54. Moreover, as already stated, the procedural guarantees to allow the exchange of information between different Member States are not subject to the same procedural rules as for the exchange between a national PIU and a national competent authority (76). Even the exchange of masked information is not subject to any prior judicial or administrative approval as it is proposed by the LIBE Committee (77) and the Council regarding the access by national competent authorities. The EDPS recommends that such procedural safeguards are added to the existing conditions to access the data.
55. Furthermore, at the end of this paragraph, the text mentions that “an alert shall be entered in accordance with Article 36 of the Schengen Information System”. The reference to SIS is not correct in this context; the text should instead refer to the SIS II Decision (78).
56. Finally, the EDPS recommends to clarify what is meant by “the results of the processing of PNR data, either analytical information obtained from PNR data or the results” in Article 7(1) as proposed by the LIBE Committee.
III.7. Transfer to third countries and applicable law
57. Reference to the Council Framework Decision 2008/977/JHA, when it comes to safeguards for data transfers, is insufficient. This Decision includes shortcomings, notably in terms of data subjects rights and transfers to third countries, and a higher standard should be developed.
It should be noted in that respect that the current discussions concerning a new Directive in the law enforcement area will design a new framework from which the Proposal should not derogate.
58. In this respect, the EDPS appreciates the efforts of the LIBE Committee to specify the conditions regarding the transfers to third countries. However, no more reference is made to the minimum standards laid down in the Framework Decision 2008/977 in the LIBE Committee Orientation Vote. Moreover, the new reference to Directive 95/46/EC79 is not appropriate since this Directive is not applicable to law enforcement authorities acting within the scope of the Framework Decision (80). The EDPS recommends therefore keeping the reference to the Framework Decision 2008/977, which is currently the applicable instrument to the exchange of personal data between law enforcements authorities for law enforcement purposes, together with the need to set out in the Proposal stricter conditions for the processing of personal data in order to meet higher standards (81), particularly to complete the shortcomings of the Framework Decision where they have been identified, especially in relation to the conditions of access to personal data.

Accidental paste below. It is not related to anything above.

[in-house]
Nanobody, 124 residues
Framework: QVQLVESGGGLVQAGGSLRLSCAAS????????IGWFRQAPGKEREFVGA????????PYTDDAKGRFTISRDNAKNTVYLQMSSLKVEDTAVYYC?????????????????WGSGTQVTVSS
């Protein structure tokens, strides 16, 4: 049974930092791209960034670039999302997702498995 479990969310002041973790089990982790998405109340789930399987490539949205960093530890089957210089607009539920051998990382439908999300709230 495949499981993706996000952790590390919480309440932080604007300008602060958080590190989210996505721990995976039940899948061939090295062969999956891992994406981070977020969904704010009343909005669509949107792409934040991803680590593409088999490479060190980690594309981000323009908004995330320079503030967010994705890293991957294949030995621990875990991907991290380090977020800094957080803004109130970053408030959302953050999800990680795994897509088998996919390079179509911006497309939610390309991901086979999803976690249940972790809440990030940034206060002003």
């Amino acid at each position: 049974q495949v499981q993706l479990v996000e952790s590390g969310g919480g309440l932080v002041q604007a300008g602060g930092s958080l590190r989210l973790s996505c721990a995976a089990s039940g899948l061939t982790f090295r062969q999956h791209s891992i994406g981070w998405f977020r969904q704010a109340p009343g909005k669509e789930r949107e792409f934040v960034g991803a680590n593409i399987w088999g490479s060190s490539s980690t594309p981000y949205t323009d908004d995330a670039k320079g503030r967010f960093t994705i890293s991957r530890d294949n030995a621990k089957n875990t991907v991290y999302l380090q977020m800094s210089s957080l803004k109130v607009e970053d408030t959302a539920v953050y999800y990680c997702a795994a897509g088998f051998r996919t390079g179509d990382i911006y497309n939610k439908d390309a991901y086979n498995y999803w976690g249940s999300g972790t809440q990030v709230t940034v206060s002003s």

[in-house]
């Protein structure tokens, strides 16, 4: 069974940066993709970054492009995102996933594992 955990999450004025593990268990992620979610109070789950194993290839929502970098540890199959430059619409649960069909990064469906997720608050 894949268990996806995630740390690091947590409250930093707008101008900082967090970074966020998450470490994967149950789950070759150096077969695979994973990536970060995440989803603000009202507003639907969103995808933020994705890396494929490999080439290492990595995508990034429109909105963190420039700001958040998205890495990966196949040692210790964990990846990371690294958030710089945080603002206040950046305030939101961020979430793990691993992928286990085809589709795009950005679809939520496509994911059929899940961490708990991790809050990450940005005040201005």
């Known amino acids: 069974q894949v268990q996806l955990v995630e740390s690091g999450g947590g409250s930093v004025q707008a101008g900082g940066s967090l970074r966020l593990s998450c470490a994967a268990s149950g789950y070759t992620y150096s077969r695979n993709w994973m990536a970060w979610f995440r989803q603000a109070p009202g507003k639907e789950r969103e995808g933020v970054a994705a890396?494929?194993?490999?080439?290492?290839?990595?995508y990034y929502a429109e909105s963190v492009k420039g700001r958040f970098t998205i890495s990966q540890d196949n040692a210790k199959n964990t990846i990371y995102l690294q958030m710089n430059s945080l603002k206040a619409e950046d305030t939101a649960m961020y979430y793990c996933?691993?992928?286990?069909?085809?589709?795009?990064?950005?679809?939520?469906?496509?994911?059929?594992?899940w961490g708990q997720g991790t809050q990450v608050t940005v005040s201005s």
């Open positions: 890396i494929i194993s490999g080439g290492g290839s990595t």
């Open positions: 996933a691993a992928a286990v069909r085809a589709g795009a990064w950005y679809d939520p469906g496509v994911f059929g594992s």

III.8. Retention of unmasked data
59. The EDPS welcomes the fact that the texts of the LIBE Committee and the Council no longer mention the anonymisation of the PNR data, taking into account the comment made by the EDPS in his previous Opinion (82). Indeed, the data at stake could not be considered as anonymous since they would still be re-identifiable.
60. However, some confusion could still arise from the terms “identify”, “depersonalisation” or “re-identification” use in relation to the data which are listed at the end of Article 9 (2).
Such data are not anonymous and still allow the data subject to be identified. Indeed, the following information can easily be connected to a passenger: frequent flyer information, billing address, ticket number, etc.. Therefore, the EDPS recommends making clear in the text that if such data are still processed in the final Directive, they should be considered as personal data.
III.9. Statistical data
61. The EDPS supports the Council Proposal regarding Article 18(2), which details the statistical data to provide in order to perform the review of the Directive. This is in line with the previous EDPS Opinion that considered this information as necessary to perform a review and evaluate the necessity of the PNR scheme (83).
62. The EDPS welcomes the various improvements made by the Council and the LIBE Committee on the Proposal, for example regarding the specific provisions on data protection, the presence of a Data Protection Officer, or a specific reference to the power of the supervisory authorities.
63. However, the essential prerequisite for a PNR scheme – i.e. compliance with necessity and proportionality principles – is still not met in the Proposal. The Proposal does not provide for a comprehensive evaluation of the ability of the current existing instruments to reach the purpose of the EU PNR scheme. In addition, it does not set forth any detailed analysis of the extent to which less intrusive measures could achieve the purpose of the EU PNR scheme.
Finally, the non-targeted and bulk collection and processing of data of the PNR scheme amount to a measure of general surveillance. In the view of the EDPS, the only purpose which would be compliant with the requirements of transparency and proportionality, would be the use of PNR data on a case-by-case basis but only in case of a serious and concrete threat established by more specific indicators.
64. Since there is no information available to the effect that the necessity and proportionality of the measures proposed have been adequately demonstrated, the EDPS considers that the Proposal, even modified, still does not meet the standards of Articles 7, 8 and 52 of the Charter of Fundamental Rights of the Union, Article 16 of the TFEU and Article 8 of the ECHR.